Frank LoMonte Comments on the Compromised Access to Public-Records and Free Speech Restrictions During the COVID-19 Pandemic
Frank LoMonte, University of Florida College of Journalism and Communications Brechner Center for Freedom of Information director, was quoted in “Local Governments Are Hard to Find as Coronavirus Ends Public Meetings” published in The Wall Street Journal on April 19.
The article looks at struggles by many communities to run city-council meetings amid bad connections and Zoom-bombing. Access to records has also been an issue and many state and local governments are not responding to public-records requests.
“I would say most of the difficulties in adaptation can be chalked up to good-faith attempts to comply with the law in a new and unfamiliar world,” said LoMonte. “The public should be wary of “a certain element of opportunity for certain agencies that just don’t like open government.”
In addition, LoMonte was quoted in Margaret Sullivan’s column, “The Trump Administration is Muzzling Government Scientists. It’s Essential to Let Them Speak Candidly to the Press Again,” published in The Washington Post on April 18.
According to LoMonte, these times demand more pushback against free-speech restrictions.
“There’s a widespread misperception that you check all your free-speech rights at the door when you take a job,” LoMonte said, talking about government workers as well as those employed by private corporations. But the courts have said that’s not true: Citizens often have the right to speak out, particularly about working conditions.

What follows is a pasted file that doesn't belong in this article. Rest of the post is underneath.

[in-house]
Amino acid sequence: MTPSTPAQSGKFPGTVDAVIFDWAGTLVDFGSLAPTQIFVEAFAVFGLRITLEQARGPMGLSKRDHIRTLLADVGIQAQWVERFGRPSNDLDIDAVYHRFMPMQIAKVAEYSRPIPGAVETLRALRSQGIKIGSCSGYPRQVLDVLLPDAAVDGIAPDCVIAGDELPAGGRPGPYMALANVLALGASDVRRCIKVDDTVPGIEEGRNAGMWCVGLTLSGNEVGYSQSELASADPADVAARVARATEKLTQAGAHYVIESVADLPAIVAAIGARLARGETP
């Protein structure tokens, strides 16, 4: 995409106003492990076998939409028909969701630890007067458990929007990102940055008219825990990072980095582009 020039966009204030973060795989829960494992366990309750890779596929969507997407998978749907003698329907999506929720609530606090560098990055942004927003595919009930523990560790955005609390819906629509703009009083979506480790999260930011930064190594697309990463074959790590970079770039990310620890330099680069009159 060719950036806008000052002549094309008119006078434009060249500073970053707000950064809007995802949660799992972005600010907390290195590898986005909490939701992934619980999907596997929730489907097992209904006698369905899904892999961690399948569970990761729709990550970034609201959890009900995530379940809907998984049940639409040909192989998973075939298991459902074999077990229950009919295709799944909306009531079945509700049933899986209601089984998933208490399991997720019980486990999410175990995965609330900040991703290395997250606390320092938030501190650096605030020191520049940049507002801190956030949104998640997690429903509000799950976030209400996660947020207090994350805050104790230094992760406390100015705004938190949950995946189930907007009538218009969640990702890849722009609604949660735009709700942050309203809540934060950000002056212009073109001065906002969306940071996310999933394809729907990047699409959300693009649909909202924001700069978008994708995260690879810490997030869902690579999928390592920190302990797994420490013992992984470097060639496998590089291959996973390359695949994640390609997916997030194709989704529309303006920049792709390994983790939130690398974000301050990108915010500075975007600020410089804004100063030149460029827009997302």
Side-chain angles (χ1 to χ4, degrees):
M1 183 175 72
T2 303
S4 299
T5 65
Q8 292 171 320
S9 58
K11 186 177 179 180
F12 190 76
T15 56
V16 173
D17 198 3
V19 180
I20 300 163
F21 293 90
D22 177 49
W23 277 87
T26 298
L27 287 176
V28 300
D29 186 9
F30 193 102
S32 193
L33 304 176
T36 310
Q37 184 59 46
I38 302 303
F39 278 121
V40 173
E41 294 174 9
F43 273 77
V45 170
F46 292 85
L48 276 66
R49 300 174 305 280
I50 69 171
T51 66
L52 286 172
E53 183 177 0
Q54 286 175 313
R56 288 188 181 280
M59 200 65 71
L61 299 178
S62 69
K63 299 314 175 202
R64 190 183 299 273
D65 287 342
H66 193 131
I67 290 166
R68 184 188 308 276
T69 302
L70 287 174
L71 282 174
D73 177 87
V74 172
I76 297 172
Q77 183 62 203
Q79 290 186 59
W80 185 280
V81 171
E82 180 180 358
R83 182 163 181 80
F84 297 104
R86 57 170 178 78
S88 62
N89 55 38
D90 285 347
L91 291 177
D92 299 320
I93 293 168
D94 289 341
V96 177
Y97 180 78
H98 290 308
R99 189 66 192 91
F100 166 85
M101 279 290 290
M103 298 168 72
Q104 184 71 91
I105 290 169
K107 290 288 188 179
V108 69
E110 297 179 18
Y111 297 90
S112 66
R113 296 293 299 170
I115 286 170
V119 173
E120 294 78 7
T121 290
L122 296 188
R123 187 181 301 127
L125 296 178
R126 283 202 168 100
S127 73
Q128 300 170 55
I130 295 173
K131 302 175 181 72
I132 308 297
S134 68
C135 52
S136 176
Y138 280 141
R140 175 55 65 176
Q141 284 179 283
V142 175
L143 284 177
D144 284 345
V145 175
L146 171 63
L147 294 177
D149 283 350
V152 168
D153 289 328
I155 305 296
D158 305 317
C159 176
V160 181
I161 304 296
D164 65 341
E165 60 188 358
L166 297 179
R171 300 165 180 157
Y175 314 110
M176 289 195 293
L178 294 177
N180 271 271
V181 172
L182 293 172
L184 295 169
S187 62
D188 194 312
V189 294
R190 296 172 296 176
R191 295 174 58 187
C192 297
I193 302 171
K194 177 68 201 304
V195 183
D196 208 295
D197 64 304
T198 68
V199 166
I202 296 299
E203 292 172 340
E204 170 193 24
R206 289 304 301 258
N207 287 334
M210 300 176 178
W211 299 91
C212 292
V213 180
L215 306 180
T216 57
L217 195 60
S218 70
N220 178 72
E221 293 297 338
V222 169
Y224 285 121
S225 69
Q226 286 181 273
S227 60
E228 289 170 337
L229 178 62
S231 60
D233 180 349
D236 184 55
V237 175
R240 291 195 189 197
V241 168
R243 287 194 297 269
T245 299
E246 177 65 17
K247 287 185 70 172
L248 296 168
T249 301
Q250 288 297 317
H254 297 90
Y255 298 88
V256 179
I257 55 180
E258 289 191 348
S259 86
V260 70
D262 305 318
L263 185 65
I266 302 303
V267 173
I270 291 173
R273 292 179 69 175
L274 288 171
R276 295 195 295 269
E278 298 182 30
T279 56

A recent case in Maine makes the point: An employee of a private hospital was fired after she criticized her employer in a letter to the editor of the local paper. But when she took it to court, an administrative law judge called her firing an unfair labor practice and ordered her reinstated.
When the hospital appealed, the National Labor Relations Board, for the most part, backed up the local judge and the employee.
LoMonte found the outcome encouraging. The underlying issues are germane right now when doctors and nurses are getting fired for talking about the lack of personal protective equipment, and when scientists need a political office’s approval to share their expert views.
But even apart from the pandemic, LoMonte urges employees to “be skeptical consumers” of the supposedly ironclad rules in their workplaces that forbid posting on social media or speaking to reporters.
LoMonte’s article in the Kansas Law Review last year analyzed dozens of cases from the Supreme Court and other federal courts, and concluded that, for government employees, “wholesale prohibitions on unapproved contact with journalists or with the general public, have long been recognized as unconstitutional.” It offers a road map for challenging those restrictions.